Children in a blended family, or in two blended families, can sometimes feel like outsiders in one or both of their step family homes. As parents and step parents, we can help them and their step siblings feel welcome and included, and know they are an important part of each blended family. The manner in which visitation is handled can make a difference.

Understanding the difficulty

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Blended family living is not easy for children. They often dislike having to move from place to place. Their things are always at the other house. They may have step siblings in both places that see them as intruders. They may feel shy around step parents. They can feel like a visitor in one or both places, at times. Here are steps you can take to help your children transition between the houses

It is all about the kids when talking to your ex-spouse

A congenial visitation arrangement is what is best for your kids, and agreeable dealings with your ex spouse is an important part of what is best. Keep visitation as regularly scheduled as possible, taking into account upcoming events and special occasions. Ex-spouses need to talk directly about changes in scheduling, and work cooperatively for the benefit of the kids.

Make sure each child has his or her own space.

Kids need a place in each home where they can leave things and know they will be there when they go back; they need a place they can call their own. A private room or anything elaborate is not necessary, but a place to go for quiet time can be helpful to someone who has to share sleeping space with a step sibling who is still a relative stranger. Get creative if space is at a premium. Also, make provisions for out of the house activities on a regular basis.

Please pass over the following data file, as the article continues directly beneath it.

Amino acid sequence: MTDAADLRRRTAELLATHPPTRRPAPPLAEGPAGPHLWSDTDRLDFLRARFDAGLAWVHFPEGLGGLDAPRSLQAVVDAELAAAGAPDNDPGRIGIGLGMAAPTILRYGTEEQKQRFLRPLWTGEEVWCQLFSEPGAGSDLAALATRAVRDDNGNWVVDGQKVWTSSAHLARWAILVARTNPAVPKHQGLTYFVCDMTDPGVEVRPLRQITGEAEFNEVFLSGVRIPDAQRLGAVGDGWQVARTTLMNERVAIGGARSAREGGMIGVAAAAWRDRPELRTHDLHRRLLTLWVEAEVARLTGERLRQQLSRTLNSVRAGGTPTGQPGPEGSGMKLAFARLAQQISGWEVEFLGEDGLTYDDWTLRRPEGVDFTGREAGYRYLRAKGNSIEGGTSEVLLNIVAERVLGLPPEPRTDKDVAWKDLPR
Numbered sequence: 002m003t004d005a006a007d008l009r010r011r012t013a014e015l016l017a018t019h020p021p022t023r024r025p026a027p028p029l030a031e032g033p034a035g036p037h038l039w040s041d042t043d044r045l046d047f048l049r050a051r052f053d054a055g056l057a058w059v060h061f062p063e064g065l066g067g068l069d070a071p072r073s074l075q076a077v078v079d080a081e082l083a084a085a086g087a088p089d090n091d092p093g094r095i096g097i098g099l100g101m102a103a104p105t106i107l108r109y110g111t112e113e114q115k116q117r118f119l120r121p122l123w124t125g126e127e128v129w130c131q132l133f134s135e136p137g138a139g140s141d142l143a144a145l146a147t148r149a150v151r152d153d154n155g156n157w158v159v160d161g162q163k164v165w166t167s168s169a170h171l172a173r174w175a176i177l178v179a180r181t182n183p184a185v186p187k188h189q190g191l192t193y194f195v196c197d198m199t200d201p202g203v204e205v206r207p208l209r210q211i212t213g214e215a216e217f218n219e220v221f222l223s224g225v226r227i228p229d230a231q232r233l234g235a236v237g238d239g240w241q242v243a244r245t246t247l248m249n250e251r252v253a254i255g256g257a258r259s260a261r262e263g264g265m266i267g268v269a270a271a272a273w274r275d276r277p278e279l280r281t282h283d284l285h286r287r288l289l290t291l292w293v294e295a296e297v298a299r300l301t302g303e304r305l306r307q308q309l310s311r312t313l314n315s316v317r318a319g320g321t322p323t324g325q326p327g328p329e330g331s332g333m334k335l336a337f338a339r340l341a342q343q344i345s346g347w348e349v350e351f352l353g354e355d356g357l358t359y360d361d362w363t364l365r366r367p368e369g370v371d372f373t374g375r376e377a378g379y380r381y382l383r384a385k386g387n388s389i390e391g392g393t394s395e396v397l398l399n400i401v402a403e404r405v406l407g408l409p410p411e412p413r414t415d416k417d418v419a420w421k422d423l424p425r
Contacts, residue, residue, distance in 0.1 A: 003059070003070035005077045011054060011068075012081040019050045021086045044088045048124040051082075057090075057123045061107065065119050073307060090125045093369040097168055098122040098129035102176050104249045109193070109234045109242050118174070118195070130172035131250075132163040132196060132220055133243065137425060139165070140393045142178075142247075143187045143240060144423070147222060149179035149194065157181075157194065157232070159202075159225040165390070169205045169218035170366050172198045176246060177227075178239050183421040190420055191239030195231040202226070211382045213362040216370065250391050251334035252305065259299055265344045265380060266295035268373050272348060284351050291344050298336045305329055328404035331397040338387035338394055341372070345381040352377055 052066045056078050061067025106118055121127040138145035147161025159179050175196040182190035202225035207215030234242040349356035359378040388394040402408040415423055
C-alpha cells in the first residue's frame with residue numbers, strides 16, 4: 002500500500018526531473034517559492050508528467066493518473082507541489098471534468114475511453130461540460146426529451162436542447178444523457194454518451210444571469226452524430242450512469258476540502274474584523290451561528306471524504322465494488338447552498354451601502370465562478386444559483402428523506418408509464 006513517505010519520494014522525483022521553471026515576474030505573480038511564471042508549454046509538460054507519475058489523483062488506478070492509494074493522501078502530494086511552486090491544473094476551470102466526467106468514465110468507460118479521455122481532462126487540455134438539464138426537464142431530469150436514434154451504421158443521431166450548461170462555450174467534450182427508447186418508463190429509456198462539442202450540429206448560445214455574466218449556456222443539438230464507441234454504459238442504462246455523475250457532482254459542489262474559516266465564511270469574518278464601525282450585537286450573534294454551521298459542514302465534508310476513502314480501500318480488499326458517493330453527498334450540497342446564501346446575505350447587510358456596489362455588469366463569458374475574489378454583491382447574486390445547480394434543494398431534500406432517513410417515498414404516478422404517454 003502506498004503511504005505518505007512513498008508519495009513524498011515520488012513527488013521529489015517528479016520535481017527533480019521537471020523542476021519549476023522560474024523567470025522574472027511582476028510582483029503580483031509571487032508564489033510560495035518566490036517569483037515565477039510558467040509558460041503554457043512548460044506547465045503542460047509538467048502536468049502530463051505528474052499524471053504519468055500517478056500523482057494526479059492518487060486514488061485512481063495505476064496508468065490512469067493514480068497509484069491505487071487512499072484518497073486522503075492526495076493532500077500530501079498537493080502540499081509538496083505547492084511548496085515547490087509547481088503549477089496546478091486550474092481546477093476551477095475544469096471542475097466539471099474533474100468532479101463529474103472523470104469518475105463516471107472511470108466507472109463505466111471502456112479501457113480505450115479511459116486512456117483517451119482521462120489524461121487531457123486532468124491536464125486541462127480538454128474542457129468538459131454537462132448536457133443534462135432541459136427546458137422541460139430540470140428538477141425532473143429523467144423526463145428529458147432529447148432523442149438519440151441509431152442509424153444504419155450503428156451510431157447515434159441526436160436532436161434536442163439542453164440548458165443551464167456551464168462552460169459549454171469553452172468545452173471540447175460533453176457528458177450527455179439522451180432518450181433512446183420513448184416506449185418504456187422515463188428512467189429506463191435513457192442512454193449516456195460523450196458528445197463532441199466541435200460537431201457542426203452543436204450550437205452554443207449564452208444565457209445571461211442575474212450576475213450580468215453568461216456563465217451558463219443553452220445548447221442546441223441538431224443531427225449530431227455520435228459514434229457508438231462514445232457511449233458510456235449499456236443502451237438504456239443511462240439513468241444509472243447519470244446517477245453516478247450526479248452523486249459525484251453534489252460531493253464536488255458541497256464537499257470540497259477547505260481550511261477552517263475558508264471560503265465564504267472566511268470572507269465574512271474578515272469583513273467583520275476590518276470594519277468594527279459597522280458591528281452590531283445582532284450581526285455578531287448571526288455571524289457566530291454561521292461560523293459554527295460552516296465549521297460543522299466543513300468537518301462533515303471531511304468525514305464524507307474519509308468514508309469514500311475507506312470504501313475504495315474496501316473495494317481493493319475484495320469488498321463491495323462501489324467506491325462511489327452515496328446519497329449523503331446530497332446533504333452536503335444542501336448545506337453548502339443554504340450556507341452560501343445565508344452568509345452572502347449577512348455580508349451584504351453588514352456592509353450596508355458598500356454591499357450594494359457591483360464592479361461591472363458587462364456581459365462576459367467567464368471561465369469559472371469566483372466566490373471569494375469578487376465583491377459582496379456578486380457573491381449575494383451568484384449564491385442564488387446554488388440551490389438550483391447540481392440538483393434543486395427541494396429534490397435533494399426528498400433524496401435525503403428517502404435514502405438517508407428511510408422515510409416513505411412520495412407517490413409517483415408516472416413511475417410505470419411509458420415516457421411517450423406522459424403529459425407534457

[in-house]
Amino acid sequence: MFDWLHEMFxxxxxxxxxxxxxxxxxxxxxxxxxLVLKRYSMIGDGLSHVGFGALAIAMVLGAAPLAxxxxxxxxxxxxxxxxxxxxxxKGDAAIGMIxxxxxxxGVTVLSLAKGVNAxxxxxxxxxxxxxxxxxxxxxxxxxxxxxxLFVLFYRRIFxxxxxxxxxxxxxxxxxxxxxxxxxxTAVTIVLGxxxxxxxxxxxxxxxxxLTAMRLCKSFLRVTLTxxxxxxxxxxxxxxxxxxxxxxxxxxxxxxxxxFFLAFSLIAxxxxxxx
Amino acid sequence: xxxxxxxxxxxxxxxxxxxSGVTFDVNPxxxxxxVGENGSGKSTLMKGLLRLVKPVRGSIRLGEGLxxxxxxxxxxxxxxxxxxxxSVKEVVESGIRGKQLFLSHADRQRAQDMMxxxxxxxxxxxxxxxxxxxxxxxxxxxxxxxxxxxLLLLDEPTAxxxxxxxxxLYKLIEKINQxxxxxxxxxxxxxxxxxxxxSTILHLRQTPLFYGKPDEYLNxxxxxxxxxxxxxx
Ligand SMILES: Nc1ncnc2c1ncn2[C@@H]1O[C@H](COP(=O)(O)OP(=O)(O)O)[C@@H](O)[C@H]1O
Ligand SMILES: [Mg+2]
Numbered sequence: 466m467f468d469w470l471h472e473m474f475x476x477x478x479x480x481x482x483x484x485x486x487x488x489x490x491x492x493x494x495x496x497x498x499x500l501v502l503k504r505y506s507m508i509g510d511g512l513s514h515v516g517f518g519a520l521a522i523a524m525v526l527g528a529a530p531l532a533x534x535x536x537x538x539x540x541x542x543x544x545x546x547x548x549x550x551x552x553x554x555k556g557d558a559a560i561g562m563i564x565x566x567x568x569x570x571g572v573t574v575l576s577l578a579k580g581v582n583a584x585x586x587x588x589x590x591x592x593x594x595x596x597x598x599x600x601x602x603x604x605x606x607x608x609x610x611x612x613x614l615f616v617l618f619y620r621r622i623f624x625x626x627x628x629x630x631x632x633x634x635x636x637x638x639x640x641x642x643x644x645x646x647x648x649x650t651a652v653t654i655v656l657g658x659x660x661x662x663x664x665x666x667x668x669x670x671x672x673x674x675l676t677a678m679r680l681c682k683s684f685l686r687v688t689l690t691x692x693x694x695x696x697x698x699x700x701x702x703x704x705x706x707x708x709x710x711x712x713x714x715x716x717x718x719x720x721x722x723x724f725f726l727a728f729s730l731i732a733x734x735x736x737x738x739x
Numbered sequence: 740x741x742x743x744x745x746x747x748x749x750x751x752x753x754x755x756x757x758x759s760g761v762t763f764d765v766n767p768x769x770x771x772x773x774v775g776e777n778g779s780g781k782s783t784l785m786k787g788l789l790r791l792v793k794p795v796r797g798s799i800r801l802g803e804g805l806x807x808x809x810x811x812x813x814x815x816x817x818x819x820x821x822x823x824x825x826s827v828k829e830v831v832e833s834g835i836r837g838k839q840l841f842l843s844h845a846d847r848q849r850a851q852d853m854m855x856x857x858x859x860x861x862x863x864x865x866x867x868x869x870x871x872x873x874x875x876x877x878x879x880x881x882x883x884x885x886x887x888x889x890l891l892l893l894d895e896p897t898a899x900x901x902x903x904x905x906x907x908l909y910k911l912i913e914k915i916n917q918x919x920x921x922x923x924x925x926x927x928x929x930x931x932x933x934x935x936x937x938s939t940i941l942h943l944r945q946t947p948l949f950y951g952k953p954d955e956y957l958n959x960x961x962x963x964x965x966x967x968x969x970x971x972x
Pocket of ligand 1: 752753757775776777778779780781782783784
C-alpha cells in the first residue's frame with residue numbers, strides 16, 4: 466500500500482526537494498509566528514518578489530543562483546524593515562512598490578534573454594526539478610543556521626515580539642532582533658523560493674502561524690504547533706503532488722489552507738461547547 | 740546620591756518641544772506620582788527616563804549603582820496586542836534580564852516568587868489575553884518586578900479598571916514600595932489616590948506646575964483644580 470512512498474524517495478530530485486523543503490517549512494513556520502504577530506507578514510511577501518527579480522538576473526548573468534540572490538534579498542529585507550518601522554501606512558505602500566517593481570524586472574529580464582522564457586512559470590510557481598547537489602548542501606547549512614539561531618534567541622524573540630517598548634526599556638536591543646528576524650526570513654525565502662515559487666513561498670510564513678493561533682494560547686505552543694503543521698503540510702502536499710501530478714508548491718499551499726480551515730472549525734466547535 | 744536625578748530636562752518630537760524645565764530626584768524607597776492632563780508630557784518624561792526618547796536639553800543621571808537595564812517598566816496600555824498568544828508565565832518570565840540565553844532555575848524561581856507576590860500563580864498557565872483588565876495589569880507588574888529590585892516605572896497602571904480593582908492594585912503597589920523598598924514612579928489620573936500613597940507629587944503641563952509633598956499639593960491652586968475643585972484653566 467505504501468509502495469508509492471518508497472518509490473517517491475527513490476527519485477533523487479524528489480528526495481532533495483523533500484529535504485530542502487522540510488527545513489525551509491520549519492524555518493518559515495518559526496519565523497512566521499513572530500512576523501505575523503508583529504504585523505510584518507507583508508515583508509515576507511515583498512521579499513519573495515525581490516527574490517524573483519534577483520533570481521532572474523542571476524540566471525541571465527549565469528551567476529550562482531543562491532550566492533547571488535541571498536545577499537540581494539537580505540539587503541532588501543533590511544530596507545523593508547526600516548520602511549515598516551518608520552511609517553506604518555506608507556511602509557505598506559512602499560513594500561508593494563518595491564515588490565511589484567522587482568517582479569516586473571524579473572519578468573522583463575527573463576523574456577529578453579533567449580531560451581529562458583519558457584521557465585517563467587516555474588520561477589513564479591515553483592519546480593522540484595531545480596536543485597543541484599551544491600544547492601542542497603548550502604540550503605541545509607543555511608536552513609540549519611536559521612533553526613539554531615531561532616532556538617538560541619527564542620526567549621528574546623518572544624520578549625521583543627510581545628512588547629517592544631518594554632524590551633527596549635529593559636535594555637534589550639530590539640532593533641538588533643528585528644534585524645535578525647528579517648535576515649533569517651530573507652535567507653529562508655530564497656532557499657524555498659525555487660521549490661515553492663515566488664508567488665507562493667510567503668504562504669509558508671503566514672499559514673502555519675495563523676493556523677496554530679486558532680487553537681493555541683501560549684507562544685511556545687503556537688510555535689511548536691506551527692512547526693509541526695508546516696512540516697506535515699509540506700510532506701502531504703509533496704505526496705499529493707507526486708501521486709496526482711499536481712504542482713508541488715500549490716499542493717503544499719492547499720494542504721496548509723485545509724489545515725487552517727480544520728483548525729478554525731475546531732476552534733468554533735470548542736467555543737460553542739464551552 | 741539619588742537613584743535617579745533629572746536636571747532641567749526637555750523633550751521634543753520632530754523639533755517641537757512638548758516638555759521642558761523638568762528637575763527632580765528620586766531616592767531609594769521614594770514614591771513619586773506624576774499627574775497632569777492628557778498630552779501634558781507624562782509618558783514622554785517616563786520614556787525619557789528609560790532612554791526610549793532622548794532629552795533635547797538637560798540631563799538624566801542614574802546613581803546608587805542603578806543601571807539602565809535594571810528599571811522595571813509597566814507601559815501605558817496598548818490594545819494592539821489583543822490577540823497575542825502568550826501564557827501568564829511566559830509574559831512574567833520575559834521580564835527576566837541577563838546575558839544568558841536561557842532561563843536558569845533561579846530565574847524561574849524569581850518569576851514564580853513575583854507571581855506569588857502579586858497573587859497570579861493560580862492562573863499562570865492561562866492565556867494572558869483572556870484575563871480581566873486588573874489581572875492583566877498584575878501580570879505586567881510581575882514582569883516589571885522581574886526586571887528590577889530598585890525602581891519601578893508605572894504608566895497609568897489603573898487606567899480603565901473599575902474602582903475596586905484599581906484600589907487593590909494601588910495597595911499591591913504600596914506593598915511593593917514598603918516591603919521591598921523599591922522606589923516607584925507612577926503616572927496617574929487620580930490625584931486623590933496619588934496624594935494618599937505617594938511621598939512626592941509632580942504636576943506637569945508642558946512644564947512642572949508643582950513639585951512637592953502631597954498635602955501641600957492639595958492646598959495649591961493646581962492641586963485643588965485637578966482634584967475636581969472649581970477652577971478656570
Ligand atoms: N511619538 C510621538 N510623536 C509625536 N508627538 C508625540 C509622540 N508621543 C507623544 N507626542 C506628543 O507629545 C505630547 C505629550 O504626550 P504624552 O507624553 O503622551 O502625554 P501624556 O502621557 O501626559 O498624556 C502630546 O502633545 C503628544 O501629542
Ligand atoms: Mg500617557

Be encouraging and understanding.

It may take time for kids to adjust to life in different step family households. As a step parent, make sure all your children know each is an indispensable part of your blended family. Talk with your kids and find out how blended family living is working out for them. Talk with, rather than talk to. And listen. Let your kids know you want them to see their other parents, and encourage then to spend time at the other parent’s house.

Number one rule of co-parenting

In order for co-parenting to be successful and your children to benefit, you must follow the number one rule of divorce: Do not speak negatively about the other parent, especially in front of the children. Children faced with such a dilemma always feel they have to take sides, and invariably suffer from either side. Children get really confused and angry when one minute you say bad things about your ex, and then in your next breath you want them to go for the weekend!

Communicate with your ex-spouse about co-parenting

While co-parenting is really the only thing you and your ex need to talk about, it is important to actually talk about it. Ask your ex to follow suit about not saying negative things about them, and agree that neither will ask the children to convey messages. This practice gives the impression you cannot talk with each other, even about them. Be involved with school and social events, and remain active in their lives. If children know their divorced parents can still be good parents, their lives seem more normal and secure.

Be actively involved

When kids and step kids arrive at your step family home for visitation, get involved. Children can feel left out, or even in the way, if you are constantly working on projects that take all your attention. Talk, engage, be an active listener, and give them the attention they deserve. You do not have to plan elaborate activities, just be there for them in a welcoming and caring way. Do things as a blended family on a regular basis, such as family game night or group meal preparations. Laugh. Talk. Joke. Make blended family time a time to grow together, to feel like everyone belongs.